Economic growth will be weaker than expected this year and incomes per head will fall more sharply, a respected think tank forecast today as Bank of England policymakers meet to decide interest rates.
The National Institute of Economic and Social Research (NIESR) downgraded its forecast for growth in 2011 to 1.4 per cent from 1.5 per cent and predicted that real disposable income will fall by £301 per person.
NIESR's downbeat assessment follows yesterday's surprise announcement of a fall in house prices along with weak bank lending figures. Along with slowing manufacturing growth and figures showing the economy barely grew in the first quarter, the outlook for the economy is almost universally gloomy.
The recent slew of bad news has virtually ruled out an increase in rates from the current record low of 0.5 per cent – a move the market believed was a near certainty earlier this year.
The MPC is trying to balance the need to support the weak economy as austerity measures kick in with prices rising at double the Bank's 2 per cent target rate.
House prices unexpectedly fell in April after two months of strong growth, Nationwide said yesterday. The 0.2 per cent drop means property prices are now 1.3 per cent lower than a year ago.
Nationwide said the market was "fairly static" and that there was no reason to think prices would fall more steeply in coming months.
But NIESR predicted a 4.5 per cent drop in house prices in real terms this year, with further falls averaging 1.5 per cent for the following five years.
NIESR predicted growth will pick up to 2 per cent in 2012 but will only outstrip its trend rate of 2.1 per cent by 2013. Until then, the economy will not truly be in recovery, it said.
Growth will be constrained by the Government's spending cuts and the squeeze on household incomes from higher taxes and inflation.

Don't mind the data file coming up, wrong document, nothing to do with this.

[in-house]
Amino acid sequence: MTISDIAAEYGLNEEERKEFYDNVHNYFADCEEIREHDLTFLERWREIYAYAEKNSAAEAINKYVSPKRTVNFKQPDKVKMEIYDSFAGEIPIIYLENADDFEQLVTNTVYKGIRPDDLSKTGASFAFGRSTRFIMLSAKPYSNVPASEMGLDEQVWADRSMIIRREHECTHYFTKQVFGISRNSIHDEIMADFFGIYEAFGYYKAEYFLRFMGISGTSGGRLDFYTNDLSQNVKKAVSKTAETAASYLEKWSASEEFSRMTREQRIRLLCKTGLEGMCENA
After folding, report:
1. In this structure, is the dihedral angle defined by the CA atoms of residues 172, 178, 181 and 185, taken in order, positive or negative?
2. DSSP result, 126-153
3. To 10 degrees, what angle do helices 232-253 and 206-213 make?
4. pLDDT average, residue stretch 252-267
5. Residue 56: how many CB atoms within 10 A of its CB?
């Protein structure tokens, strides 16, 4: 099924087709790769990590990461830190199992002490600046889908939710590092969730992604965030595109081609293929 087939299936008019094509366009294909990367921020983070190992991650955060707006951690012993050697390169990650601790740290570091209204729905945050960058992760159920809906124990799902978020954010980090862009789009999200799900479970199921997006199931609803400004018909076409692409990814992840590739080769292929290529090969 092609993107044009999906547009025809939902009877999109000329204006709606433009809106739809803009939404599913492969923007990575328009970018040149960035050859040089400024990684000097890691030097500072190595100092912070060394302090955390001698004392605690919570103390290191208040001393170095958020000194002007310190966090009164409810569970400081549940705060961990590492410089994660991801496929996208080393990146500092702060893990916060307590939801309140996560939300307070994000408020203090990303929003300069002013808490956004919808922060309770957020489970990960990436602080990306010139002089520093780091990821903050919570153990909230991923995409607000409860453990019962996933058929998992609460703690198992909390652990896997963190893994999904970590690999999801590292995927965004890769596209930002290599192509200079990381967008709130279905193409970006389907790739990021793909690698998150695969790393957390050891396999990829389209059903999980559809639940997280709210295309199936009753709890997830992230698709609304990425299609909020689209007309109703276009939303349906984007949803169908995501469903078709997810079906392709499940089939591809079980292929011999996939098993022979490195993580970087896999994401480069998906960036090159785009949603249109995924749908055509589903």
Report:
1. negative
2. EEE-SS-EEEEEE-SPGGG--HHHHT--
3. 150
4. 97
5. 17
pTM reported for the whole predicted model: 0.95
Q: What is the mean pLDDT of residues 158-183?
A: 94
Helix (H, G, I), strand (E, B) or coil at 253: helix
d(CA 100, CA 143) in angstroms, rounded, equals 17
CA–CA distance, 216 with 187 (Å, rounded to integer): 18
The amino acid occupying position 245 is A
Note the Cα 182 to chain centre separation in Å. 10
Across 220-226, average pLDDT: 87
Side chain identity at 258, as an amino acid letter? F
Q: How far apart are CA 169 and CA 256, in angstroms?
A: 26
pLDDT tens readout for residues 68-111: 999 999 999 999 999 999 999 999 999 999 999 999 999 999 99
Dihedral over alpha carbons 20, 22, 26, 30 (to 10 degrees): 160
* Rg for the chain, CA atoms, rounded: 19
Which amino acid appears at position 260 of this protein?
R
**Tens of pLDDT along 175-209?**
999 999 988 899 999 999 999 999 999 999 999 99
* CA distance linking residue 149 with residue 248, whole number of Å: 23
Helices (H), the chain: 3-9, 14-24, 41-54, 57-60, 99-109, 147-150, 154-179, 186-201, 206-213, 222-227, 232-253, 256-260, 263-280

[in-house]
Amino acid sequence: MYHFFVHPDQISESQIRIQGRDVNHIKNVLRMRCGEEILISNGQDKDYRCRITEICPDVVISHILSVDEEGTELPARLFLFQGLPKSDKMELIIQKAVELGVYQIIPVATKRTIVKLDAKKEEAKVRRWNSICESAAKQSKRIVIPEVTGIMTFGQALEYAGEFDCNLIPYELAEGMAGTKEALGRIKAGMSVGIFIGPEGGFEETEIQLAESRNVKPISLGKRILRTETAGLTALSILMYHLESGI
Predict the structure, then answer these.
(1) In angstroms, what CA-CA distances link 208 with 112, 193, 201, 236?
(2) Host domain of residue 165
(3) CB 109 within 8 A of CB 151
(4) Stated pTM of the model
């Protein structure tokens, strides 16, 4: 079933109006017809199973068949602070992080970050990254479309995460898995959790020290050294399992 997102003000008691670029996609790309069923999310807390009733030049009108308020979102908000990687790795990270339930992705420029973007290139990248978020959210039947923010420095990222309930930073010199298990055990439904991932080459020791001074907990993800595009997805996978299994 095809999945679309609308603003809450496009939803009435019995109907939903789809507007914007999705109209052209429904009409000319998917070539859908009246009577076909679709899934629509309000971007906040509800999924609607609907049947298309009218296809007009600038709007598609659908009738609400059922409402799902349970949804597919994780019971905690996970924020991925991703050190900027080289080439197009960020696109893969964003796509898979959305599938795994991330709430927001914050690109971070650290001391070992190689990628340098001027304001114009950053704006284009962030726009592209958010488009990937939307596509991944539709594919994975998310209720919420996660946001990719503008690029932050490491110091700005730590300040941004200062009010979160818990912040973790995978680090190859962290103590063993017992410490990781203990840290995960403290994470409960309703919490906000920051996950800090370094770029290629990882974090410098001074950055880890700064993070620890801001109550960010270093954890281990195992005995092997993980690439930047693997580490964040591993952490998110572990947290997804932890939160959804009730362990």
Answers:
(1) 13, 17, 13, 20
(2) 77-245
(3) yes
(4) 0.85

NIESR increased its forecast for consumer price inflation this year to 4.5 per cent from its January prediction of 3.8 per cent, based mainly on the rising cost of oil. As a result, real disposable incomes will fall by 1.9 per cent, or £301, per head.
Simon Kirby, an economist at NIESR, said: "It is going to feel particularly tough this year and much tougher than last year or the year before. People started feeling the pinch from April when higher national insurance hit their wage packets ."
There were further indications of a weak economy yesterday. Activity in the construction industry slowed more quickly than expected last month, an industry survey showed. The Markit/Cips construction purchasing managers' index (PMI) fell to 53.3 in April from 56.4 in March after the first fall in house building this year. The sharp fall in construction growth followed a bigger than expected fall in manufacturing output in an equivalent survey on Tuesday. Both surveys showed continuing growth but the slowdown is worrying as austerity measures begin to bite.
Sterling hit a 13-month low against the euro after the construction data.
Consumer borrowing weakened as households reined in their finances ahead of tougher times ahead. Bank of England figures showed consumer credit rose by £0.1bn compared with the monthly average of £0.3bn over the past six months.
Howard Archer, the chief UK economist at IHS Global Insight, said: "Consumer desire to get a tighter grip on their finances is a reflection of current very low and falling consumer confidence and is the consequence of an uncertain and somewhat worrying longer-term outlook for the economy and jobs as the major fiscal squeeze increasingly kicks in."